CO2 reduction targets worldwide

CO2 reduction targets worldwide

Countless proposals have been launched during the years for the required reductions in CO2 Emissions. However, most of the suggested reduction targets have been empty statements and the overall scientific recommendations¹ are persistently being ignored by those in power. Meanwhile the global CO2 Emissions continue to increase (by 52% since 1990) and the worst case climate scenario is now unfolding.

In ClimatePositions the method of calculating the CO2 targets is identical for all countries. The different outcome is entirely due to varying national and global indicator values (read ‘more‘) and the auto-calculation of the Climate Contributions are based on the exceeded national CO2 Emissions since 2000. The indicator values are continuously updated and entered in a ‘spreadsheet’. The following examines the CO2 Emission targets of four country groups (each group is analyzed as if it was one large country¹): 1) All 145 countries with full data, 2) The 80 countries with Climate Contribution (climate debt) 3) The 20 countries with the largest Climate Contribution per capita and 4) The 65 Contribution Free countries.

Note that the figures in this post are estimates designed to show the overall picture (ClimatePosition is aimed at countries, not groups of countries).

1) All 145 countries with full data represent 96% of the global population. In 1990-1999 the average CO2 Emissions were approximately² 3.6 tons per capita and the average present reduction target in 2019 is 2.5 tons. The diagram below shows the average CO2 Emissions 2000-2011 (the black bars) and the average Contribution Free level (the green bars). The required average CO2 reduction is 30% and the price per ton CO2 emitted until 2011 is $4.82.

CO2, 145 countries

2) The 80 countries with Climate Contribution (climate debt) represent 55% of the global population. In 1990-1999 the average CO2 Emissions were approximately² 5.7 tons per capita and the average reduction target in 2019 is 2.9 tons per capita. The diagram below shows the average CO2 Emissions 2000-2011 (the black bars) and the average Contribution Free level (the green bars). The required average CO2 reduction is 50% and the contribution cost per ton CO2 emitted until 2011 is $8.48.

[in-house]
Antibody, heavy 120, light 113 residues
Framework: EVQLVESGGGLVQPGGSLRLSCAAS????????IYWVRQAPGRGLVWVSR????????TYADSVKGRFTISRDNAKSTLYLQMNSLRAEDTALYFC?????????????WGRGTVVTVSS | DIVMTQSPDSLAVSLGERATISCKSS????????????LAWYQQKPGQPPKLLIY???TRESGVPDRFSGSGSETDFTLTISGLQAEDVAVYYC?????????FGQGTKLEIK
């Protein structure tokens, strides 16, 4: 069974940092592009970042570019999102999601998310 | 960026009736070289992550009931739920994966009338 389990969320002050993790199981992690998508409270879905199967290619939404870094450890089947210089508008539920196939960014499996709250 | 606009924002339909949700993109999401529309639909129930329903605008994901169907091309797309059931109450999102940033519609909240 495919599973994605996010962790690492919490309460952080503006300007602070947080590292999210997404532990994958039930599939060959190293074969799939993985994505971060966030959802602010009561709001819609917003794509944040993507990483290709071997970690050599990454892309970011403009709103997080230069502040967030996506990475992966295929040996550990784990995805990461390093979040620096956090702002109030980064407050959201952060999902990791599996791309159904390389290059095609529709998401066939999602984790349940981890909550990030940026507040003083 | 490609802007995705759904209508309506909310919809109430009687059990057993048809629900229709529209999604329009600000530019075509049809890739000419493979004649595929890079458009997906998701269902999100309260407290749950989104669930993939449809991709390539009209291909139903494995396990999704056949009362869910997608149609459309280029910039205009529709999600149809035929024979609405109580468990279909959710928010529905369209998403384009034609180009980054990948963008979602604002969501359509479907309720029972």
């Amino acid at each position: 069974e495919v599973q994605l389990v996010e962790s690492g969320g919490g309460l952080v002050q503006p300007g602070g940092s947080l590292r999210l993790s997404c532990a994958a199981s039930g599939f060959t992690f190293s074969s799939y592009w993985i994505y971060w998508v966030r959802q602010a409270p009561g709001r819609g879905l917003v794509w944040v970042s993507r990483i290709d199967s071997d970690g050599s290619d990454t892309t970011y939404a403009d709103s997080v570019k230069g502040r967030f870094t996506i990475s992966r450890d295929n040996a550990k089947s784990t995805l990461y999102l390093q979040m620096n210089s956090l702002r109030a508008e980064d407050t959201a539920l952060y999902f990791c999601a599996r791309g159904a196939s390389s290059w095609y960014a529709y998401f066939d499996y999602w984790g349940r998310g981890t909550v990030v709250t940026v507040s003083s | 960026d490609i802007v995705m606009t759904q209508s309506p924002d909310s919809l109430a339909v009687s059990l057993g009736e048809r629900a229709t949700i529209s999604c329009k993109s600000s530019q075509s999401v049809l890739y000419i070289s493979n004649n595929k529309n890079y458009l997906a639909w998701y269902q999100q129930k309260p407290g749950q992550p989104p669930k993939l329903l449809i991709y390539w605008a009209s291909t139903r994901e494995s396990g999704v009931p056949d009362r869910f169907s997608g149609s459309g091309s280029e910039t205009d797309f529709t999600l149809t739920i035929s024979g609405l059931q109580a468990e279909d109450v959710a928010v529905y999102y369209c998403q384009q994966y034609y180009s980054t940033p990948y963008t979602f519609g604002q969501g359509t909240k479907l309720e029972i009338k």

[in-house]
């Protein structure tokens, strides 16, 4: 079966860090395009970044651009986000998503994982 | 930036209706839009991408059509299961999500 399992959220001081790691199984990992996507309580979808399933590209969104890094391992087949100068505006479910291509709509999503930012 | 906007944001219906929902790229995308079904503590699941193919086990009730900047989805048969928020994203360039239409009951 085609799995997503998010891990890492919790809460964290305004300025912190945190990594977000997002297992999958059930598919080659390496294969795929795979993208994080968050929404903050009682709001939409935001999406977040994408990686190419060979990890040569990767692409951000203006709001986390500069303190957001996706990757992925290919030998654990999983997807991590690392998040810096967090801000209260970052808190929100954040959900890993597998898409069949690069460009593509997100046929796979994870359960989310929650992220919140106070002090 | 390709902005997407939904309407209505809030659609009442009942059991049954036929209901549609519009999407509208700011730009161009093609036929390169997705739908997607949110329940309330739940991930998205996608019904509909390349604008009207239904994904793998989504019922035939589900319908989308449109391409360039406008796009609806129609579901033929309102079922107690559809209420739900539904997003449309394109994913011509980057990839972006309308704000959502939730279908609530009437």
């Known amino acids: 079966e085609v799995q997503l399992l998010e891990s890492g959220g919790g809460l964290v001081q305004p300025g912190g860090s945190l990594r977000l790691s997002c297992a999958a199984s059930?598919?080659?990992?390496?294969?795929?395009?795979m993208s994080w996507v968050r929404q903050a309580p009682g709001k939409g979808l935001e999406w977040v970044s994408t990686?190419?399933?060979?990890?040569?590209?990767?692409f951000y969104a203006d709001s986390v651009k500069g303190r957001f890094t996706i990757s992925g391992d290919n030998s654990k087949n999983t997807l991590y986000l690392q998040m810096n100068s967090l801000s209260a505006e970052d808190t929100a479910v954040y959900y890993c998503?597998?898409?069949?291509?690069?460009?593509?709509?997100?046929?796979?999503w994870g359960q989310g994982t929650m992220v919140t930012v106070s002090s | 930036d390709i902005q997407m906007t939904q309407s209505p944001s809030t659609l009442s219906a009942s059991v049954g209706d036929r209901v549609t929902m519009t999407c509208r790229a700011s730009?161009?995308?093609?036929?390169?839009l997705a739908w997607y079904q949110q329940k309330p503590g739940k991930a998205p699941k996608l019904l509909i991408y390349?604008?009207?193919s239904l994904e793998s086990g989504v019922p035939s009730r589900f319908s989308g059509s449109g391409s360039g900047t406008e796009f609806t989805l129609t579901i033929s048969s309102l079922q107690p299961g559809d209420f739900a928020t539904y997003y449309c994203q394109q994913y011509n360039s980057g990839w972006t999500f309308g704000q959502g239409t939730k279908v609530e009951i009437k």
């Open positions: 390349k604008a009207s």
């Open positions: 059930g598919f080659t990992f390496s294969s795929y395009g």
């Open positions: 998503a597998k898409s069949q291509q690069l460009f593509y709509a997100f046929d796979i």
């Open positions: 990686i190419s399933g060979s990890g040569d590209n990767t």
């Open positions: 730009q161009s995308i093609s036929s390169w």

CO2, 80 countries with debt

3) The 20 countries with the largest Climate Contribution (climate debt) per capita represent 9% of the global population. In 1990-1999 the average CO2 Emissions were approximately² 15.8 tons per capita and the average reduction target in 2019 is 4.4 tons. The diagram below shows the average CO2 Emissions 2000-2011 (the black bars) and the average Contribution Free level (the green bars). The required average CO2 reduction is 72% and the price per ton CO2 emitted until 2011 is $20.73.

CO2, 20 countries with largest debt

4) The 65 Contribution Free countries represent 40% of the global population. From 1990-1999 the average CO2 Emissions was approximately² 0.7 tons per capita and the average target for 2019 is 2.0 tons. For most countries in this grou­­p there is widespread poverty, and it is pointless to talk about CO2 reductions. The diagram below shows the average CO2 Emissions 2000-2011 (the black bars) and the average Contribution Free level (the green bars). Note that only a fraction of the unused CO2 allowances will be transferred to the next 20-year period starting 2020.

CO2, 65 countries with no debt

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¹ The recent ‘press release’ from the ‘Intergovernmental Panel on Climate Change (IPCC)‘ says: “Scenarios show that to have a likely chance of limiting the increase in global mean temperature to two degrees Celsius, means lowering global greenhouse gas emissions by 40 to 70 percent compared with 2010 by mid-century, and to near-zero by the end of this century. Ambitious mitigation may even require removing carbon dioxide from the atmosphere.”

² The average CO2 Emissions per capita of the country groups are inaccurate since changes in the national populations are not taken into account in this particular calculation.

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Source on CO2 Emissions: EIA, U.S. Energy Information Administration (links in the menu “Calculations”).

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